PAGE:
Transactional analysis is a social psychology developed by Eric Berne, MD (d.1970). Over the past four decades Eric Berne’s theory has evolved to include applications to psychotherapy, counselling, education, and organizational development.
Key Ideas in Transactional Analysis
Eric Berne made complex interpersonal transactions understandable when he recognized that the human personality is made up of three “ego states”; each of which is an entire system of thought, feeling, and behavior from which we interact with each other. The Parent, Adult and Child ego states and the interaction between them form the foundation of transactional analysis theory. These concepts have spread into many areas of therapy, education, and consulting as practiced today.
Transactions refer to the communication exchanges between people. Transactional analysts are trained to recognize which ego states people are transacting from and to follow the transactional sequences so they can intervene and improve the quality and effectiveness of communication.
Berne observed that people need strokes, the units of interpersonal recognition, to survive and thrive. Understanding how people give and receive positive and negative strokes and changing unhealthy patterns of stroking are powerful aspects of work in transactional analysis.
Games People Play
Berne defined certain socially dysfunctional behavioural patterns as “games.” These repetitive, devious transactions are intended to obtain strokes but instead they reinforce negative feelings and self-concepts, and mask the direct expression of thoughts and emotions. Berne tagged these games with such instantly recognizable names as “Why Don’t You, Yes But,” “Now I’ve Got You, You SOB,” and “I’m Only Trying to Help You.” Berne’s book Games People Play achieved wide popular success in the early 60’s.
Eric Berne proposed that dysfunctional behaviour is the result of self-limiting decisions made in childhood in the interest of survival. Such decisions culminate in what Berne called the “life script,” the pre-conscious life plan that governs the way life is lived out. Changing the life script is the aim of transactional analysis psychotherapy. Replacing violent organizational or societal scripting with cooperative non-violent behaviour is the aim of other applications of transactional analysis.
I’m OK – You’re OK
“I’m OK – You’re OK” is probably the best-known expression of the purpose of transactional analysis: to establish and reinforce the position that recognizes the value and worth of every person. Transactional analysts regard people as born basically “OK” and thus capable of change, growth, and healthy interactions.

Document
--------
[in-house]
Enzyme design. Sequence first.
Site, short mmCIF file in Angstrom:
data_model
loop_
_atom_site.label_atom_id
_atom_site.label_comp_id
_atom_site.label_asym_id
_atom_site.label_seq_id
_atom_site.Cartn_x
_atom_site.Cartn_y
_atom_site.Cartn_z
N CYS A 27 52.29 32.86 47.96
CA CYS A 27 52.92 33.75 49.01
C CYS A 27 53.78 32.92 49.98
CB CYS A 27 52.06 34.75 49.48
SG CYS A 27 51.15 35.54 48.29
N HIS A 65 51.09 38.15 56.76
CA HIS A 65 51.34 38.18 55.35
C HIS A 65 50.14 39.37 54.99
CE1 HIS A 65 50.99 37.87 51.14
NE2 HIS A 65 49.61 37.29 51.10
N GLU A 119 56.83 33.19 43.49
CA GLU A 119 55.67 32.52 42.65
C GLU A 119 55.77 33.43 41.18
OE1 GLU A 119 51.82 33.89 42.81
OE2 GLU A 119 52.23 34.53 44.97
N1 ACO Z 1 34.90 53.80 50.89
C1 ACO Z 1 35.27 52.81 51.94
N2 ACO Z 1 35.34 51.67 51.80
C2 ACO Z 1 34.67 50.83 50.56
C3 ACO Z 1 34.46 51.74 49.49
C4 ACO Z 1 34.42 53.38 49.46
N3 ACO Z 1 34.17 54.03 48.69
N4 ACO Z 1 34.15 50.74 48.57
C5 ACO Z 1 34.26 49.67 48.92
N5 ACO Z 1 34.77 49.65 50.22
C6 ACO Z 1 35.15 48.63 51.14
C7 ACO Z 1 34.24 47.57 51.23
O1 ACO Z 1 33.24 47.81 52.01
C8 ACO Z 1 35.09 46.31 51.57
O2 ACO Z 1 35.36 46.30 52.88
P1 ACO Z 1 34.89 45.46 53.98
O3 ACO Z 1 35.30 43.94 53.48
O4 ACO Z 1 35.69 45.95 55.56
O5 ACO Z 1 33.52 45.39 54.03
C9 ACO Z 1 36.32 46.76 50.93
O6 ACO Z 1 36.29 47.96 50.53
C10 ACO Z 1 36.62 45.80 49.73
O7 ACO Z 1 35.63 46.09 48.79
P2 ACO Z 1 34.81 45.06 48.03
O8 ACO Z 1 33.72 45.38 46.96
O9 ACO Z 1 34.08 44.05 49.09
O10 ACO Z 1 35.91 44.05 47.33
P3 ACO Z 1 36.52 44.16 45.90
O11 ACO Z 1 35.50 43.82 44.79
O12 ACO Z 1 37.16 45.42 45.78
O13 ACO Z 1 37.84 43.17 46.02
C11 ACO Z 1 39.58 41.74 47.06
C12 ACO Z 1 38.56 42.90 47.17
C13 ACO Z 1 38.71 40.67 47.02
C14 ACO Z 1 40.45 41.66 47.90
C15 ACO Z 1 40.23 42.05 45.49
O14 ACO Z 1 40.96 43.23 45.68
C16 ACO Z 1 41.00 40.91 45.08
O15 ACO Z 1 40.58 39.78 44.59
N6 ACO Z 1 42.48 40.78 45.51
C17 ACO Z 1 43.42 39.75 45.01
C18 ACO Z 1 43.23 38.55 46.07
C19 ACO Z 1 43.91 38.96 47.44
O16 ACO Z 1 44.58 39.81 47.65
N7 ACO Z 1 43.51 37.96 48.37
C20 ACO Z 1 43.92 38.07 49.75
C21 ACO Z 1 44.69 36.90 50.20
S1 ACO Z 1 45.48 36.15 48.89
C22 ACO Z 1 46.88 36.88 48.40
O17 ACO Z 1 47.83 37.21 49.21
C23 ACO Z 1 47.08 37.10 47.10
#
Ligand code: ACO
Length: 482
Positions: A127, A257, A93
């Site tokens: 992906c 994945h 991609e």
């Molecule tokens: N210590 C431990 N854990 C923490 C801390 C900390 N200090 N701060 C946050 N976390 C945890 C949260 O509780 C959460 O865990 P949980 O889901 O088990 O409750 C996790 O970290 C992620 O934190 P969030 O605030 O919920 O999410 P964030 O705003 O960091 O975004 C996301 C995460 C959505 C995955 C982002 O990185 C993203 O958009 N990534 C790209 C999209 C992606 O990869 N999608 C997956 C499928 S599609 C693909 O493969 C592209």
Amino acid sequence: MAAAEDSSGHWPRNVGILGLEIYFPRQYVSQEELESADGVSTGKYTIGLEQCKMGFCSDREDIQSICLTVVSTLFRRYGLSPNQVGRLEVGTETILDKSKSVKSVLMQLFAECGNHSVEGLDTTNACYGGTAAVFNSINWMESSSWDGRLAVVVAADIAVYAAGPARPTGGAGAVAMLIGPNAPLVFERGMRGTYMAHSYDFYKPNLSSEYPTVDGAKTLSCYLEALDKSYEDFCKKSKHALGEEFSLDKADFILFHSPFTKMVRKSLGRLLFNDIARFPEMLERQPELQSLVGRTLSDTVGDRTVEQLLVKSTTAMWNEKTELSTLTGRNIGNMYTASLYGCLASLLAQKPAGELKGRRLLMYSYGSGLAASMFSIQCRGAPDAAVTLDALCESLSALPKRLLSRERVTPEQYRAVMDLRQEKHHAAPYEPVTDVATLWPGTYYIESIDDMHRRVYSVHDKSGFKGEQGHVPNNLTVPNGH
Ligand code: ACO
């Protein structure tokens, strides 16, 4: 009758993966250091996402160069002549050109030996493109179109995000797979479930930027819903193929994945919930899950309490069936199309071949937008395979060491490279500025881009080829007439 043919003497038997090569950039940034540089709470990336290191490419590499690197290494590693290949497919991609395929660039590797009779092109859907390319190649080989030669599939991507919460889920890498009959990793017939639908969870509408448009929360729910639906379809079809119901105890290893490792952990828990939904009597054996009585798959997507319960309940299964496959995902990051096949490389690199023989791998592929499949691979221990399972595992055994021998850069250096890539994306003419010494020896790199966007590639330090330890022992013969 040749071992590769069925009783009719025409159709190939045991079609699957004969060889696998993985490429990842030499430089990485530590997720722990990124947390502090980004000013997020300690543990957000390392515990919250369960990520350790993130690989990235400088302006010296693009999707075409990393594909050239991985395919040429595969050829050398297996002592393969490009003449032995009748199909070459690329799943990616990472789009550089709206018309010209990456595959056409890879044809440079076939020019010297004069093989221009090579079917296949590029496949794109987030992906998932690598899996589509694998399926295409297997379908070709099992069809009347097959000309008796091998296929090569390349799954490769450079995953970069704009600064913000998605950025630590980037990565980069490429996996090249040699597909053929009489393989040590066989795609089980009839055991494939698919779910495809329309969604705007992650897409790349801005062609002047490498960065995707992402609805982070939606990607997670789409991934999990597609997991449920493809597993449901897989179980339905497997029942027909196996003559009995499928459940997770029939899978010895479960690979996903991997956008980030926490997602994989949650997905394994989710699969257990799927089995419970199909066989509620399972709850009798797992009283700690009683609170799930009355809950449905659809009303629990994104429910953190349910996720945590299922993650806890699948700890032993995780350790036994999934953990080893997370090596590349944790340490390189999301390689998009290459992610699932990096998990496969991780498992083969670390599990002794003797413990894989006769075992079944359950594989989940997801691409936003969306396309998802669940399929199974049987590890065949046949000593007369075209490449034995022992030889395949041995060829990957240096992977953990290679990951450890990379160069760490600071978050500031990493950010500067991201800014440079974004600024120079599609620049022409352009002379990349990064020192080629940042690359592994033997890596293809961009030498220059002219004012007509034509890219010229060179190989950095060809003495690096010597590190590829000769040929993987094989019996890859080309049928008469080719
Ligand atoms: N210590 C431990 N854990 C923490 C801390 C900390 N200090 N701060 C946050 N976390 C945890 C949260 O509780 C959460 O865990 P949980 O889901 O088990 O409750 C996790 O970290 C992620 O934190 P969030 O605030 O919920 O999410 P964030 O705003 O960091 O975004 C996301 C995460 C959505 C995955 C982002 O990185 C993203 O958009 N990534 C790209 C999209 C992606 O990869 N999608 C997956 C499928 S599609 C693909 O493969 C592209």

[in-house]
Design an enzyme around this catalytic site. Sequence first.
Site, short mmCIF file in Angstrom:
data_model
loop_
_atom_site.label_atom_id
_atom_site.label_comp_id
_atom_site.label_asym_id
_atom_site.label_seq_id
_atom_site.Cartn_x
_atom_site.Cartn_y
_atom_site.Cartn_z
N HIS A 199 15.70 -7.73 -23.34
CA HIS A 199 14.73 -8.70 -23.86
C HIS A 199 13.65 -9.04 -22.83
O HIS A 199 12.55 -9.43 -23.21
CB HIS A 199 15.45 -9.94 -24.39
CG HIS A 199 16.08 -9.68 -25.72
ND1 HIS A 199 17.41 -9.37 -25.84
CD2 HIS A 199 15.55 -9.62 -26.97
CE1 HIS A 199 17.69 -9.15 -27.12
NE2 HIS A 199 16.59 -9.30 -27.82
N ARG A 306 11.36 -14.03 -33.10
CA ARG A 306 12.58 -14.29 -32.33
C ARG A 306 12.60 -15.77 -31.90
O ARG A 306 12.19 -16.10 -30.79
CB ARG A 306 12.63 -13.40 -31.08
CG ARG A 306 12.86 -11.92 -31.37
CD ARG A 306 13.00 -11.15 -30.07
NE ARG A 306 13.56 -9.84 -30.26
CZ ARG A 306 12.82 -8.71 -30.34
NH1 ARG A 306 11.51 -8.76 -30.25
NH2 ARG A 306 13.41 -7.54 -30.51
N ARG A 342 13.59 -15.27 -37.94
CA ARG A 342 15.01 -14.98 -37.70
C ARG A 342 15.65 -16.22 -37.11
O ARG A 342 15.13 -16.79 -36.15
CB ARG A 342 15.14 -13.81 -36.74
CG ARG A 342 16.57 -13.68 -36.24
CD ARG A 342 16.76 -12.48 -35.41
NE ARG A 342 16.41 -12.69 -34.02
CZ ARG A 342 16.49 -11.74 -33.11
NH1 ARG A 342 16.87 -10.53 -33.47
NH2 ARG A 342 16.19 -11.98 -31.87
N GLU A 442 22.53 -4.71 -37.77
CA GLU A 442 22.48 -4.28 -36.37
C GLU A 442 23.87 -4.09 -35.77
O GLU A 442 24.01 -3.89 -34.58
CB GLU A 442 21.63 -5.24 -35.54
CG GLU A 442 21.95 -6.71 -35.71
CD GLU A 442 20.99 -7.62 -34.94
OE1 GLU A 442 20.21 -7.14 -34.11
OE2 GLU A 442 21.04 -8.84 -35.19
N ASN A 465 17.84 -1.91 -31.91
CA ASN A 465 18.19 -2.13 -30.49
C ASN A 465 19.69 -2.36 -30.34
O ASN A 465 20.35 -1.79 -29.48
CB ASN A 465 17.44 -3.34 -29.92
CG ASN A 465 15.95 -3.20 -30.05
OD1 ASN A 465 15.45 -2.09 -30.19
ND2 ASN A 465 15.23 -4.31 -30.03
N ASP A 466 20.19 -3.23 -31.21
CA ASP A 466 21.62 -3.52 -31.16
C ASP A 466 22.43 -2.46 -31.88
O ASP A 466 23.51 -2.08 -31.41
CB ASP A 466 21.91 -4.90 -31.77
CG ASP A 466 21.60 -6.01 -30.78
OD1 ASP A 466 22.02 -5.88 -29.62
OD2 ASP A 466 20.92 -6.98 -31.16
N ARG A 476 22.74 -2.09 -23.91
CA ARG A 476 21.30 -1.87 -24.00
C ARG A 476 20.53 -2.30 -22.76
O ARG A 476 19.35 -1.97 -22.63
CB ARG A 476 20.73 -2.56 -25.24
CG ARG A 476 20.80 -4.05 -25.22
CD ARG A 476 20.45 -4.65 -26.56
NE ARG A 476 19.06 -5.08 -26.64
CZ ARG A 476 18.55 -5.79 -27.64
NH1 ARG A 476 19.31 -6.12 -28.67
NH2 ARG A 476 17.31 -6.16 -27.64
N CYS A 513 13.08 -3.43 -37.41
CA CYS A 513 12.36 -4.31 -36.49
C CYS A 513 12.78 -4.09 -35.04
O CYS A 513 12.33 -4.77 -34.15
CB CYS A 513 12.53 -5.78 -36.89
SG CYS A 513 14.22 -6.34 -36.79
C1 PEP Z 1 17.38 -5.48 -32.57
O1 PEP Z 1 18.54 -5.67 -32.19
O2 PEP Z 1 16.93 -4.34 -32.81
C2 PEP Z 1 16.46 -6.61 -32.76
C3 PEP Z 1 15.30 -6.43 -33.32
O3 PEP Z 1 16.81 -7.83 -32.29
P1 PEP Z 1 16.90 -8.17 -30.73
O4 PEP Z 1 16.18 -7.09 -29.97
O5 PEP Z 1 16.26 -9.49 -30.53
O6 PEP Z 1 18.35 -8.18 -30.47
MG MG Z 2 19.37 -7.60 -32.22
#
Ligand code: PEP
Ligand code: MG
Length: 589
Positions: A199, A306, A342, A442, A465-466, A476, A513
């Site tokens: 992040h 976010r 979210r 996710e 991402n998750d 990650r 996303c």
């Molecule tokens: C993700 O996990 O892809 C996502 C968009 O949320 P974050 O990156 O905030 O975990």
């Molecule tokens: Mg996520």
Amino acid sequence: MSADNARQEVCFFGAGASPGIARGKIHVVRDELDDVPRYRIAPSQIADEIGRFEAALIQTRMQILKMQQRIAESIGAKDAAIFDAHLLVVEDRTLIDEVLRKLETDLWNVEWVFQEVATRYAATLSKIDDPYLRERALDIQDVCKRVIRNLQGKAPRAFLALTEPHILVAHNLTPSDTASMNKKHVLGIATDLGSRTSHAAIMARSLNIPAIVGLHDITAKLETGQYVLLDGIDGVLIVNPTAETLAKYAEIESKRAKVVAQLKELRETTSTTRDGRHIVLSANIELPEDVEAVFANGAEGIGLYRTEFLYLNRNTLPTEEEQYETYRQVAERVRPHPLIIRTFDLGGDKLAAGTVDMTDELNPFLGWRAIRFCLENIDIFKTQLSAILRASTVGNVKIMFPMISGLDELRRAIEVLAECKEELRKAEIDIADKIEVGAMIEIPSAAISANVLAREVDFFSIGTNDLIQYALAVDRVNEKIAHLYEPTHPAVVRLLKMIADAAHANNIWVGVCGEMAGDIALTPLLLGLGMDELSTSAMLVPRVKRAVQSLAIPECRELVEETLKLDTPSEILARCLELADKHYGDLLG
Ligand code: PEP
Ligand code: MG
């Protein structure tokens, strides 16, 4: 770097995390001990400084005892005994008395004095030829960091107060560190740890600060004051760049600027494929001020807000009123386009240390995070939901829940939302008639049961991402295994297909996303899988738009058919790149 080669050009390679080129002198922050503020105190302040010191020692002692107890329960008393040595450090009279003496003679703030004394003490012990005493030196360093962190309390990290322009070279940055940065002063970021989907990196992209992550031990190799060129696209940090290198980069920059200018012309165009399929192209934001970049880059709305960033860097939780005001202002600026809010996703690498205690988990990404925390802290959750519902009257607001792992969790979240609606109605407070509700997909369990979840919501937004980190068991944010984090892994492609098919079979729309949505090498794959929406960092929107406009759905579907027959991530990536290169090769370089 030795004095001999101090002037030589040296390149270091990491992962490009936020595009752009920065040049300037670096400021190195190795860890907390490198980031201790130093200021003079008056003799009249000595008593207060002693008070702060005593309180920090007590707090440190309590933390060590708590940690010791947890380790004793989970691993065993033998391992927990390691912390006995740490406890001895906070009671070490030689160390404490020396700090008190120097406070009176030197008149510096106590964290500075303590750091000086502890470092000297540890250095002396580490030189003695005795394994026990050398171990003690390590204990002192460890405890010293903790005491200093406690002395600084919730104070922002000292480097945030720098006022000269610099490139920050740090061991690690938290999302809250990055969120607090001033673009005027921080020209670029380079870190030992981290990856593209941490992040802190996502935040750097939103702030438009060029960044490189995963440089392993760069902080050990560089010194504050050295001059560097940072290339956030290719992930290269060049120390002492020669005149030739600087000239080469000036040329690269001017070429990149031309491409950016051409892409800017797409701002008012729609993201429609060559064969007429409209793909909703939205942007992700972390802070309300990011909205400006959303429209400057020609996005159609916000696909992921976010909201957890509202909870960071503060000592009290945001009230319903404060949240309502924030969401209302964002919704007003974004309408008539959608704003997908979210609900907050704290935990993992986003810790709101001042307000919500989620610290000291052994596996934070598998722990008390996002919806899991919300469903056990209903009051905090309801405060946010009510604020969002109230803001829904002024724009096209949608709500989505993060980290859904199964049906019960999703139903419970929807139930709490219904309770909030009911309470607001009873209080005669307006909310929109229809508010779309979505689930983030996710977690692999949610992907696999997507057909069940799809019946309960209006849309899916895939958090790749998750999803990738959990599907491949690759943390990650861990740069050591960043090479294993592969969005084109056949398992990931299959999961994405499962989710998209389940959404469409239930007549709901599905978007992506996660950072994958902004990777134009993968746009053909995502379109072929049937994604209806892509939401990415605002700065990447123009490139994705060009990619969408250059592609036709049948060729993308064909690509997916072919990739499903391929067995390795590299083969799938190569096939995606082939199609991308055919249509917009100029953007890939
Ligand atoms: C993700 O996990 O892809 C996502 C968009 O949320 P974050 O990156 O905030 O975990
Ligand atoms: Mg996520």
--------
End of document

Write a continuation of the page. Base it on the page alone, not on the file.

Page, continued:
Transactional analysis practice is based upon mutual contracting for change. Transactional analysts view people as capable of deciding what they want for their lives. Accordingly transactional analysis does its work on a contractual basis between the client and the therapist, educator, or consultant.
Fields of Practice in Transactional Analysis
Counsellors who utilize transactional analysis work directly on “here and now” problem solving with their clients, focusing on creating productive problem solving behaviours. By using transactional analysis, counsellor’s educate and establish an equal working relationship with their clients. This working relationship provides clients with tools they can utilize in their day-to-day functions.
Transactional analysis , according to Eric Berne, is a powerful tool for human well being. In psychotherapy, transactional analysis utilizes the “Adult” in both the client and the clinician to sort out pathological behaviours and thoughts that result in incapacitation. Trained and skilled transactional analysts work “with” clients to eliminate dysfunctional behaviours and establish and reinforce healthy functioning. Competent, transactional analysts use the many tools of psychotherapy ranging from psychoanalysis to behaviour modification in effective and potent ways using transactional analysis as an operational system.
Transactional Analysis is a powerful tool in the hands of organizational development specialists. Through presenting the basic concepts of transactional analysis and using it as the basic theory to under gird the objectives of their clients, organizational development specialists build a common strategy with which to address the particular needs of organizations and to build a functional relationship, as well as eliminate dysfunctional organizational behaviours.
Educators who work with transactional analysis teach the simple concepts of basic transactional analysis to enable students, whether the students are elementary or post-graduate students. By using the basic theory of transactional analysis, educators work to create a common understanding of personality and functioning that reaches across all fields of learning and unifies the educational experience.
These core competencies form section 5 of the EATA training manual .